This Digital Life: Live feed for dinner time at the zoo
London Zoo has teamed up with Google and, through using new TV technology, is giving animal lovers all over the world a round-the-clock view of some of its adorable creatures. Katie Wright reports.
A trio of otters are lying in a row on a bed of straw, wriggling and snuggling so adorably that you would think it had been staged.
But no, this is a live feed from the infrared-lit enclosure at London Zoo, broadcast for all to see on YouTube (www.youtube.com/zslvideo) as part of a project testing a new technology, which could in future be used as a vital tool to protect endangered species in the wild.
How? Here's where it gets a bit technical. The Zoological Society of London has teamed up with Google to use the gaps between digital TV frequencies, called television white spaces, or TVWS, to wirelessly transmit live video on the internet, with Google's Spectrum Database making sure that there's no interference with the existing channels.
It's hoped that, one day, TVWS can be used to transmit footage from remote areas, even through dense forests or foliage, so conservationists can monitor species and habitats from a distance.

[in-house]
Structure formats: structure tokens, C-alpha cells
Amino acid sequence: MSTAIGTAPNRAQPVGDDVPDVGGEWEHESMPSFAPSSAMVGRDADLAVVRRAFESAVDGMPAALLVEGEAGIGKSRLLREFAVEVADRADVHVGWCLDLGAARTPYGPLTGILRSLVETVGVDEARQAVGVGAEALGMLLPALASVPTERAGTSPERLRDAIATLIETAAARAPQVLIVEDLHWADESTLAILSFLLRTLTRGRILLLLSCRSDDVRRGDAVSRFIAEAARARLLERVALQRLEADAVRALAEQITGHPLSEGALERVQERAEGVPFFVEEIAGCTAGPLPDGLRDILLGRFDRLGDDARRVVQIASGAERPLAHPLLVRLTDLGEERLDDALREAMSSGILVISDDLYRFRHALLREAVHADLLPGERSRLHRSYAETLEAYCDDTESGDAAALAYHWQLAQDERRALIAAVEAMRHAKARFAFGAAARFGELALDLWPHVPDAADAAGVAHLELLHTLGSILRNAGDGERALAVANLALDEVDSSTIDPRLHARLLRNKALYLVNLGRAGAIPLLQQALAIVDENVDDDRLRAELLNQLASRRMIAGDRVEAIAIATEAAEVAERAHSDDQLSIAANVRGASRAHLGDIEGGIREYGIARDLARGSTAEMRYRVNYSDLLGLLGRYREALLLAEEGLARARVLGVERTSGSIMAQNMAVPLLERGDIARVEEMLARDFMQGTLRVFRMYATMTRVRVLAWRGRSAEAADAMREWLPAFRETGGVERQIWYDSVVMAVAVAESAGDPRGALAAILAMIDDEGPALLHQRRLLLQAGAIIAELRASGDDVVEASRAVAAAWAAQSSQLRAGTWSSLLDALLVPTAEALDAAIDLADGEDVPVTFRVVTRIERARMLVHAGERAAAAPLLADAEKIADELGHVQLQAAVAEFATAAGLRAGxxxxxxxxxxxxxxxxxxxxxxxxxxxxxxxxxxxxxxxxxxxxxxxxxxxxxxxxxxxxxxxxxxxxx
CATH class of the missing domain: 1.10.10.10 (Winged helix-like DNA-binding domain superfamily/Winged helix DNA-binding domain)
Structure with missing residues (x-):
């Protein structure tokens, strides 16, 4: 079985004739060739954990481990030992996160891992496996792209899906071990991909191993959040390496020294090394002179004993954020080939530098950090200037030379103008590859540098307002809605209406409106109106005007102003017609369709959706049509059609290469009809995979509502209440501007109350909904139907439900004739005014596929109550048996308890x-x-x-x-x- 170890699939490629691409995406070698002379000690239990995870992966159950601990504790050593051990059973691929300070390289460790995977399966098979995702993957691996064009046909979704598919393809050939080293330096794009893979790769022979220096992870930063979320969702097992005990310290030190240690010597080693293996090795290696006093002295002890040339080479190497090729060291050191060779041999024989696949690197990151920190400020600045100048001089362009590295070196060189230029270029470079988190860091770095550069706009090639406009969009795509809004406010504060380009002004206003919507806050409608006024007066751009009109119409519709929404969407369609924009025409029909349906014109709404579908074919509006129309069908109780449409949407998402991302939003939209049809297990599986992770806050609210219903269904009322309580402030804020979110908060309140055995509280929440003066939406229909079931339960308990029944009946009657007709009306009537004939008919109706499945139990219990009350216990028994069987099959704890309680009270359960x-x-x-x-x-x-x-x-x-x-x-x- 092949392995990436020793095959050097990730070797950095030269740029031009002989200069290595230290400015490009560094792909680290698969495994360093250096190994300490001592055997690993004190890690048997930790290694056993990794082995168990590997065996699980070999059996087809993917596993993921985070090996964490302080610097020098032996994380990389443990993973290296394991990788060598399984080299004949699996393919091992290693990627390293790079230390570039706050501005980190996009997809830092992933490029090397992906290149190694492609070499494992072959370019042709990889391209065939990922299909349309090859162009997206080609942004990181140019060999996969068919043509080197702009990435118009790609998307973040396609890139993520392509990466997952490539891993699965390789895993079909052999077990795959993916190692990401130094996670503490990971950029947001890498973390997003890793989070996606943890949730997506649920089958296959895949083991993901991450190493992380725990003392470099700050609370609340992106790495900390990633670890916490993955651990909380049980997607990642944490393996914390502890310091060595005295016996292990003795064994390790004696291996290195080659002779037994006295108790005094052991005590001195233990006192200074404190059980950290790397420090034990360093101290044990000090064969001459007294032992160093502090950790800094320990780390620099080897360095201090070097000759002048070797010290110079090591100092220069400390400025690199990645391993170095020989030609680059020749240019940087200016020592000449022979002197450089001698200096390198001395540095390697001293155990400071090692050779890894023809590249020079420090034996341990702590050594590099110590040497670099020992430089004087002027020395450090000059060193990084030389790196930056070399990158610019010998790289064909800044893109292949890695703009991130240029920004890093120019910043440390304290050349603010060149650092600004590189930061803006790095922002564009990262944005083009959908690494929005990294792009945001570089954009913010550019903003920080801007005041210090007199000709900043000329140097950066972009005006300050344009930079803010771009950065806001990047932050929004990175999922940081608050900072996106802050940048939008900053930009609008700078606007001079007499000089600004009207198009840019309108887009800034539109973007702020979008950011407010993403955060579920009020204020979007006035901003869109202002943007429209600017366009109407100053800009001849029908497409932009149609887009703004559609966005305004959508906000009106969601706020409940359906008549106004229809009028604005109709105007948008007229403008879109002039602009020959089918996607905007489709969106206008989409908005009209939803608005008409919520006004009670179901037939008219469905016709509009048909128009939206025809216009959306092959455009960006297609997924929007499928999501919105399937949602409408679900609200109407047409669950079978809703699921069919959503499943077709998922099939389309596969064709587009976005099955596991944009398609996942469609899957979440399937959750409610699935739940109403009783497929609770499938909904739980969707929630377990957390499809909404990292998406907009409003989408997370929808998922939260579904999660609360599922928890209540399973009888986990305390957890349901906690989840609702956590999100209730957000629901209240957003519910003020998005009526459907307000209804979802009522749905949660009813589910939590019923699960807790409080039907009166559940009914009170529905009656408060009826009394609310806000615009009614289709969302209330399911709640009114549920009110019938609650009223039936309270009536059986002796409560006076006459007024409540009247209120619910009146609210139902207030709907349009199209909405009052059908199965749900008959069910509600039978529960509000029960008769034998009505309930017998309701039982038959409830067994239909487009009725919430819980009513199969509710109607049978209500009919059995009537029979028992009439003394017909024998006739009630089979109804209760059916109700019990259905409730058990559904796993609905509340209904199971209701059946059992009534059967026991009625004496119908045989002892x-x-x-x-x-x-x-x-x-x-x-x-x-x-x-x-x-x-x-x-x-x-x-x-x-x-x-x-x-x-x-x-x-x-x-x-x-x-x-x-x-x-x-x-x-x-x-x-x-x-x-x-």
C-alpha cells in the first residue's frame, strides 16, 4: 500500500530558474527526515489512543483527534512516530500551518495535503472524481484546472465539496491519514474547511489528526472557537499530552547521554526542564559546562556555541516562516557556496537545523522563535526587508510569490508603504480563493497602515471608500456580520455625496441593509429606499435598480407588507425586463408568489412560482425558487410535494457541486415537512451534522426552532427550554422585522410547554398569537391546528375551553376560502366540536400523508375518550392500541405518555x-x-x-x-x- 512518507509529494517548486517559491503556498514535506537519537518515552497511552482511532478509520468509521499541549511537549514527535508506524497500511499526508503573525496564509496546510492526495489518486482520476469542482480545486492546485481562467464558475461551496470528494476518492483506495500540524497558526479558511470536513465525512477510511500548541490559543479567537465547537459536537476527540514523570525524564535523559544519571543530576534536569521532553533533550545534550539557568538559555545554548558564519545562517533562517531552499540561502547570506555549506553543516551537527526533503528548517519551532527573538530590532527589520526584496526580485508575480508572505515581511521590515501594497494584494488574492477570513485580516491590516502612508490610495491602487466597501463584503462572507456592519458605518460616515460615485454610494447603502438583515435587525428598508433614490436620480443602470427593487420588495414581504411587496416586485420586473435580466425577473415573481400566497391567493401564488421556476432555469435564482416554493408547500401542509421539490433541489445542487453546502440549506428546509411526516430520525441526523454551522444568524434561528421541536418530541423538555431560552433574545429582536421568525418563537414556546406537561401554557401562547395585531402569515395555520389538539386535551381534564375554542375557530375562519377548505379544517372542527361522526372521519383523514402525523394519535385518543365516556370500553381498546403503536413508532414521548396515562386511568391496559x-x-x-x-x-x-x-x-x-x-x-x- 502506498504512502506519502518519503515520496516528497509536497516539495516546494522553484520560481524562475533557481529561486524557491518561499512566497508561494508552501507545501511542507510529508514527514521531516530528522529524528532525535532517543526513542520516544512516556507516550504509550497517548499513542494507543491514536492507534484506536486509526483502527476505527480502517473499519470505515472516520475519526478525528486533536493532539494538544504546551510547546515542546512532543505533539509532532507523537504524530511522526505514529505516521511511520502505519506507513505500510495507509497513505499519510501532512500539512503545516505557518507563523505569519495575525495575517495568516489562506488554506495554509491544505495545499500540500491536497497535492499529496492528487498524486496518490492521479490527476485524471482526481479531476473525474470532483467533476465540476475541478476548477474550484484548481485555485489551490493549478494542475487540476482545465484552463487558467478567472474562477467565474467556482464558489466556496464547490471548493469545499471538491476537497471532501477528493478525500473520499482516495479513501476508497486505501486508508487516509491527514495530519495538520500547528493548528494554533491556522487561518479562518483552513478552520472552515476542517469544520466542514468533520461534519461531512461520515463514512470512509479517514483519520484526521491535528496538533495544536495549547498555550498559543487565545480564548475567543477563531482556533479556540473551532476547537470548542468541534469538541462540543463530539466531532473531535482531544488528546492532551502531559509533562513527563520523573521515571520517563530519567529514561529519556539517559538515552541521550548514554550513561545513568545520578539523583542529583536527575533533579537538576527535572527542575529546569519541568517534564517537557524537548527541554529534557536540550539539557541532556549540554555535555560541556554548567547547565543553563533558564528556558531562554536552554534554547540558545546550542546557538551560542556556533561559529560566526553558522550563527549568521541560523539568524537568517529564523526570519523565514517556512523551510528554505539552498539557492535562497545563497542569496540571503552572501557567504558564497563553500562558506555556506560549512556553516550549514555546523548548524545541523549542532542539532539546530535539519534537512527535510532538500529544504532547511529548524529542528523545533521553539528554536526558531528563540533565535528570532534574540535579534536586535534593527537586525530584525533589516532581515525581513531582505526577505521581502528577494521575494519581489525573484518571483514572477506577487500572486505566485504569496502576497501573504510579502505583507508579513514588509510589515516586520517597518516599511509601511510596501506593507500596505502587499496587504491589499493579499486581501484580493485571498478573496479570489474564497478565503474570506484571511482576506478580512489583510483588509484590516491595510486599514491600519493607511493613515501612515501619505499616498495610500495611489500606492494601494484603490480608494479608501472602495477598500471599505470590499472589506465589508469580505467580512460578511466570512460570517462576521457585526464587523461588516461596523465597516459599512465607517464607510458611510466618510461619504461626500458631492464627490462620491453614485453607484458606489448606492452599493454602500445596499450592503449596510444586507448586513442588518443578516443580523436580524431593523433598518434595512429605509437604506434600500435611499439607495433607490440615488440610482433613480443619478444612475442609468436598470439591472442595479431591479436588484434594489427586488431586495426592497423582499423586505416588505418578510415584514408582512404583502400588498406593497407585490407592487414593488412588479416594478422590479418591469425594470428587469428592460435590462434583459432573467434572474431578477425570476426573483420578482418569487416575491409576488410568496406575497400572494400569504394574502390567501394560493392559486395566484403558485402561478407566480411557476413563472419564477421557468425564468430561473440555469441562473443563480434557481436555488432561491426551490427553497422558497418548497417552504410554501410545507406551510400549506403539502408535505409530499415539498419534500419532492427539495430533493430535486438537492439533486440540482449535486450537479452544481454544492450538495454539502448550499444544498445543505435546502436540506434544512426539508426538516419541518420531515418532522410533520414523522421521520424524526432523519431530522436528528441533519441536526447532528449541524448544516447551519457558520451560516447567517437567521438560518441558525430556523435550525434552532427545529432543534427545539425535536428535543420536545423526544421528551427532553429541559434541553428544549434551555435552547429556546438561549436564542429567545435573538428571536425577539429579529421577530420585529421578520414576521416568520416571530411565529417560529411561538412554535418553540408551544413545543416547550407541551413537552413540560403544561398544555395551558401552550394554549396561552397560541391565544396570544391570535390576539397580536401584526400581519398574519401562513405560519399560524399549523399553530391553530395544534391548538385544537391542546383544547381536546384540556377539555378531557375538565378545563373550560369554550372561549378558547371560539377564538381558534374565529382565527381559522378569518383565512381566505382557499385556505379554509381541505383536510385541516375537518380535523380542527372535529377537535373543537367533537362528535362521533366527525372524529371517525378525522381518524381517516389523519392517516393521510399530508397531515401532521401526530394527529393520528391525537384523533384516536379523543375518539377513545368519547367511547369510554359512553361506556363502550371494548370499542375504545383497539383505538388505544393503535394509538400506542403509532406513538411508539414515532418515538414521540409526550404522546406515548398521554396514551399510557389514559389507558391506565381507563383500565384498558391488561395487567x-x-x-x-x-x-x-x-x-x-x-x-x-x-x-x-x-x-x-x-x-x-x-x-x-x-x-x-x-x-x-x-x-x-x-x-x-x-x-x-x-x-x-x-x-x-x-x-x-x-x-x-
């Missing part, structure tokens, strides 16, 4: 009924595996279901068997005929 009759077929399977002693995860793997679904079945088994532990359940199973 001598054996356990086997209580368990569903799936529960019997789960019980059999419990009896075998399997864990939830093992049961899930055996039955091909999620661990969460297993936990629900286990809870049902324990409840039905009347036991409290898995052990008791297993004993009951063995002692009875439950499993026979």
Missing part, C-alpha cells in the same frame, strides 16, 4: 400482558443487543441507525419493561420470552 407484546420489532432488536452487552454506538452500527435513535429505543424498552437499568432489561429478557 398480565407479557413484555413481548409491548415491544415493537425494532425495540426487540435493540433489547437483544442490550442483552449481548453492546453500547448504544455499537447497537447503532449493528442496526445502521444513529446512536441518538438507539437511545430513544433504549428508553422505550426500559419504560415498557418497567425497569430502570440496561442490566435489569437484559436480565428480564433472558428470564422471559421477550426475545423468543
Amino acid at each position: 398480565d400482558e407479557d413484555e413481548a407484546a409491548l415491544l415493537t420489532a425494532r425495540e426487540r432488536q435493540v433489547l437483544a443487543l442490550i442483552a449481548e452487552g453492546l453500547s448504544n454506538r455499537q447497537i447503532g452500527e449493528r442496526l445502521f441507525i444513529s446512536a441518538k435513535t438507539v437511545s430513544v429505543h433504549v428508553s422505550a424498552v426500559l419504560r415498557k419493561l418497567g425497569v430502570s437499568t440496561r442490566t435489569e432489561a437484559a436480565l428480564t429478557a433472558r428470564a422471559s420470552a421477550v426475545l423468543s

"Melting sea ice, population numbers, migratory patterns, sophisticated poaching techniques ... we could gain an insight like never before, collating data that can help us learn and develop new strategies for vital conservation," says Alasdair Davies from the ZSL conservation technology unit.
As well as otters, the spotlight has been turned on the zoo's mob (that's the official term) of meerkats and the somewhat camera-shy family of five Galapagos tortoises.
The ultimate aim is to integrate the TVWS into the "Instant Wild" system, which lets members of the public help to identify creatures captured on camera in the wild. Is that looking likely?
"The trial has been a great success," Alasdair says. "The cameras and live feed have performed well, even in the high winds and stormy weather recently.
"We're really excited to be using the technology in our field work now that is has been proven in central London."
It's proven popular with the public, too, as Alasdair says: "We have had a few thousand people watch the feeds so far and have a small, yet dedicated group of regular viewers that are enjoying watching the otters curl up for the night or keeping watch to see if they can spot the tortoises out and about."
The trial will run up until the end of this year, so there are just two months left in which to catch the strangely addictive sight of snoozing otters spooning each other.
My advice is to tune in immediately. Remember, you're not procrastinating, you're actually helping endangered animals.